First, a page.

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With its sober appearance, the San Antonio de la Florida Chapel is a contrast to the grandiose pictorial ensemble that Goya painted at the end of the 18th Century. In creating this masterpiece of Spanish art, the artist from Aragón knew that he was decorating one of the most popular temples of Madrid, famous for its celebration each June 13th.
The original chapel, devoted to San Antonio de Padua, was built in front of the Abanico fountain under the orders of Carlos IV. It was created by Francisco de Fontana (1792 - 1798), and it has a Greek cross ground plan, short arms, and a semicircular apse from the top of which originates a central space dominated by a big dome and illuminated by a lantern. The chapel is confined to areas attached to the exterior, forming a rectangle. Standing out from this are the supports, which showcase the main façade, built according to the Baroque canon.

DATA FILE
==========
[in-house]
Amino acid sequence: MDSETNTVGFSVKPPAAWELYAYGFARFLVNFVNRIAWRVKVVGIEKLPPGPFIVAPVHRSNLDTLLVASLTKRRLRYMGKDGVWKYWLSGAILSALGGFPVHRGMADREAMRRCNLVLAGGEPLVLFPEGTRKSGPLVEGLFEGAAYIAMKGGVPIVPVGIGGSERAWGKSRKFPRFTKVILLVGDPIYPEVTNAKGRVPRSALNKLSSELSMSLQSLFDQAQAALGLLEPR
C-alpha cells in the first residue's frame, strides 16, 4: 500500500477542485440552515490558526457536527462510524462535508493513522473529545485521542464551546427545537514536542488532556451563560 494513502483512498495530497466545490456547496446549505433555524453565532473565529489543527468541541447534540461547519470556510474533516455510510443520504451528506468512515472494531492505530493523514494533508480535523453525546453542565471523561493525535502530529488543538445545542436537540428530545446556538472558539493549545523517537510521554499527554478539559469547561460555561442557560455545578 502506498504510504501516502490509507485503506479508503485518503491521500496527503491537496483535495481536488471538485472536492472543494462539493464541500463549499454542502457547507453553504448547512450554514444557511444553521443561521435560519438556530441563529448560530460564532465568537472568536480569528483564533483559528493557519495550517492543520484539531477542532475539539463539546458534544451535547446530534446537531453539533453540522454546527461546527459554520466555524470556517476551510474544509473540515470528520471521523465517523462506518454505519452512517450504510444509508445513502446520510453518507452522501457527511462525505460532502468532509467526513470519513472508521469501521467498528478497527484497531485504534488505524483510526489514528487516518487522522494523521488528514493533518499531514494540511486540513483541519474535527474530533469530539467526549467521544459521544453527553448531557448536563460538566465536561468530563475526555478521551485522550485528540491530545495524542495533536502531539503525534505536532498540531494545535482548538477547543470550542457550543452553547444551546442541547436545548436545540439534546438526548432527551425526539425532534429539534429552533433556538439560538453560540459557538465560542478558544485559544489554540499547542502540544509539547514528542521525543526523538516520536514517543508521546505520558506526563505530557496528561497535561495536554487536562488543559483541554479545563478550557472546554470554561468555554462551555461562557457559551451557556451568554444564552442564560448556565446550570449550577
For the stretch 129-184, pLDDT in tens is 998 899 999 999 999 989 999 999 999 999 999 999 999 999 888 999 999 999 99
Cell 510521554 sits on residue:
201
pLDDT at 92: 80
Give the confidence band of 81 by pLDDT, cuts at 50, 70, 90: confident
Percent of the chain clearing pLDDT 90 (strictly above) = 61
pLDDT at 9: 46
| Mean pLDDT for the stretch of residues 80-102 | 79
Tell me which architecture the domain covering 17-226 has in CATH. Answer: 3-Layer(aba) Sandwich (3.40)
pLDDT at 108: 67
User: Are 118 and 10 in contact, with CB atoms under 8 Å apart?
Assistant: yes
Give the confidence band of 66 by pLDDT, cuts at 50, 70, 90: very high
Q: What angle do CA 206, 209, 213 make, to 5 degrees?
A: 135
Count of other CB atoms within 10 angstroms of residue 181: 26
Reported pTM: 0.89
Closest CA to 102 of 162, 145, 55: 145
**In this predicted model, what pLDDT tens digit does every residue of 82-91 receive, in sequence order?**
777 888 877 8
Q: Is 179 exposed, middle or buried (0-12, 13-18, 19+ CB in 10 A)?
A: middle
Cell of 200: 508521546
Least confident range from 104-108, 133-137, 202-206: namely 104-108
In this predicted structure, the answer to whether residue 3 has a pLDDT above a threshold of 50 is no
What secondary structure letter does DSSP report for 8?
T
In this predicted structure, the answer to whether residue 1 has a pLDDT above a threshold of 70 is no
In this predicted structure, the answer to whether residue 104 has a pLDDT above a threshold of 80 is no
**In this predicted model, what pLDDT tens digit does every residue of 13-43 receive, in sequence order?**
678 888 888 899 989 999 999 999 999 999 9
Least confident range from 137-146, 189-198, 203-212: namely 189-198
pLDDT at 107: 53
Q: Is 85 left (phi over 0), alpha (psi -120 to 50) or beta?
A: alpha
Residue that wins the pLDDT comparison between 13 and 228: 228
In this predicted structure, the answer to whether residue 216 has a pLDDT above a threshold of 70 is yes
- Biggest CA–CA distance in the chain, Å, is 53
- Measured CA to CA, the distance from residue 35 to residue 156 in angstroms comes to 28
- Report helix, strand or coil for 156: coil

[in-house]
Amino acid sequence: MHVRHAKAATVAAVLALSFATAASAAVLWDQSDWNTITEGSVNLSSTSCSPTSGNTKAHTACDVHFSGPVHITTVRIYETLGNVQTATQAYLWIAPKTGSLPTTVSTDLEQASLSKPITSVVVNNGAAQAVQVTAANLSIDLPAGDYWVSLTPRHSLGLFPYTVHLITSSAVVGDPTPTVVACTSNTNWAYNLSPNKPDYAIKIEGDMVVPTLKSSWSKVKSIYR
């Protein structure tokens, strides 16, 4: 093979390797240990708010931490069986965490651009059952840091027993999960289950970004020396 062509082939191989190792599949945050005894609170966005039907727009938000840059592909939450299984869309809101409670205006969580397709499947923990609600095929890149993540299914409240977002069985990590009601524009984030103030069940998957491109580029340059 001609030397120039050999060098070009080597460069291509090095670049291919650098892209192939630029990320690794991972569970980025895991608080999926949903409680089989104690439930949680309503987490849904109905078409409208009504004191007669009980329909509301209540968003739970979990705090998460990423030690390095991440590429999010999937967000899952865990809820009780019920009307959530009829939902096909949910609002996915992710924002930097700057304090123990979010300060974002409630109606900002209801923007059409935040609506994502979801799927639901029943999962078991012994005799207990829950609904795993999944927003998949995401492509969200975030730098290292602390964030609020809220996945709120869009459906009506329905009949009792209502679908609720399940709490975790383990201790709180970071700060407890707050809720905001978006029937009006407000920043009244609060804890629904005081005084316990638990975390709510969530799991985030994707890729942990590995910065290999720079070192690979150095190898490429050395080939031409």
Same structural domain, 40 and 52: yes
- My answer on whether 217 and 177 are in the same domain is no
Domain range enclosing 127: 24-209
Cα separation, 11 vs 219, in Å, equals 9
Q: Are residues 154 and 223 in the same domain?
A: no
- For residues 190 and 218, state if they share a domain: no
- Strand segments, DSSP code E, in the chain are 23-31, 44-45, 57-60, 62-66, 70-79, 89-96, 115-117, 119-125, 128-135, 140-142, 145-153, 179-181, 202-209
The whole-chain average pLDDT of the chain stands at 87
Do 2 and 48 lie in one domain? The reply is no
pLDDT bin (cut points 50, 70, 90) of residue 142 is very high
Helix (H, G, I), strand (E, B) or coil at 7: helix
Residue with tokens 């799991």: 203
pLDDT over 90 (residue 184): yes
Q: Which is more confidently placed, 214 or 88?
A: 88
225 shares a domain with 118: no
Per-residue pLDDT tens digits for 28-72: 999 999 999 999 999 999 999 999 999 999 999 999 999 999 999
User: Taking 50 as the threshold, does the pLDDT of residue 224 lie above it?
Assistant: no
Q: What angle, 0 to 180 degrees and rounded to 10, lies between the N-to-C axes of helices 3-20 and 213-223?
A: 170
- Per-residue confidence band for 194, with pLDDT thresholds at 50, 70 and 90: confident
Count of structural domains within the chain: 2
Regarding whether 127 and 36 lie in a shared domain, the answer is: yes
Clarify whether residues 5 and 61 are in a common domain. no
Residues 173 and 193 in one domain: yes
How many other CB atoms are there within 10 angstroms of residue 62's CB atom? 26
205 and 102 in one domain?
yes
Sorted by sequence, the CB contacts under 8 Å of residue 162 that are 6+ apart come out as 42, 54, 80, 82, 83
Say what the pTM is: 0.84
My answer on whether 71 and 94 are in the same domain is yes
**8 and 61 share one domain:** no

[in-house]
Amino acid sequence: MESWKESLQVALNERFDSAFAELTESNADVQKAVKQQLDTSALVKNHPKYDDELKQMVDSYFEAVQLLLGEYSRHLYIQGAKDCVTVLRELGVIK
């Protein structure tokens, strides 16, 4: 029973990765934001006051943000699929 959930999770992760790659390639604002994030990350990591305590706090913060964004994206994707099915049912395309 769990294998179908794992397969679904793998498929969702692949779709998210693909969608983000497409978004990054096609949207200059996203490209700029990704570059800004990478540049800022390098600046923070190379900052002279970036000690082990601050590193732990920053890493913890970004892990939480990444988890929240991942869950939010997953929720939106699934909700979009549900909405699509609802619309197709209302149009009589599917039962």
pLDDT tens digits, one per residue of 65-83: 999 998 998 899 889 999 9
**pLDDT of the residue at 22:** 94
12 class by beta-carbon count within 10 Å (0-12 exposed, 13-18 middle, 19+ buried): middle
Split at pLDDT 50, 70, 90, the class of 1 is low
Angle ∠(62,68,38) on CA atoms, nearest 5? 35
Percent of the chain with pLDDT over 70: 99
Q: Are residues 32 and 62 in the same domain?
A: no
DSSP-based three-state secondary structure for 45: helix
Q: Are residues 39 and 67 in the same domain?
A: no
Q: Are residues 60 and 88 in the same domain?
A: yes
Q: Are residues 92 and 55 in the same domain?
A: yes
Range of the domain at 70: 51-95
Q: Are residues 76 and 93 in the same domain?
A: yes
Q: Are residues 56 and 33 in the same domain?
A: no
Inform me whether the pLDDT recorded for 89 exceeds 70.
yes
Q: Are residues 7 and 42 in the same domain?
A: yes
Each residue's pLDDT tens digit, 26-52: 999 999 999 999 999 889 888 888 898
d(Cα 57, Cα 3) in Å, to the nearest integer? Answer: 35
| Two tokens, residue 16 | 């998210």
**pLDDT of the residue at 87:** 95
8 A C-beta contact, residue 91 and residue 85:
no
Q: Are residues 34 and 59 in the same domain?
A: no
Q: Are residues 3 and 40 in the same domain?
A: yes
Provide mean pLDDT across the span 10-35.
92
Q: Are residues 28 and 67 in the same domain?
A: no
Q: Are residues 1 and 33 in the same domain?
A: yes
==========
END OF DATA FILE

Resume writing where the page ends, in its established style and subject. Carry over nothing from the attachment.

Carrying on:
As a result of the special concern that has always existed to ensure its conservation, in 1905 it was declared National Monument, and in 1928 an identical temple was built next to it in order to move the services there, and thus preserve the original as a museum dedicated to Goya. In spite of being one of the best neoclassic examples in Madrid, it is the frescos by Goya that makes San Antonio chapel a place to visit in Madrid, as well as being the place where the artist has been laid to rest since 1919. Goya decorated the dome with frescos representing the Saint’s trance before the people of Lisbon. The altarpieces were later painted by Jacinto Gómez Pastor.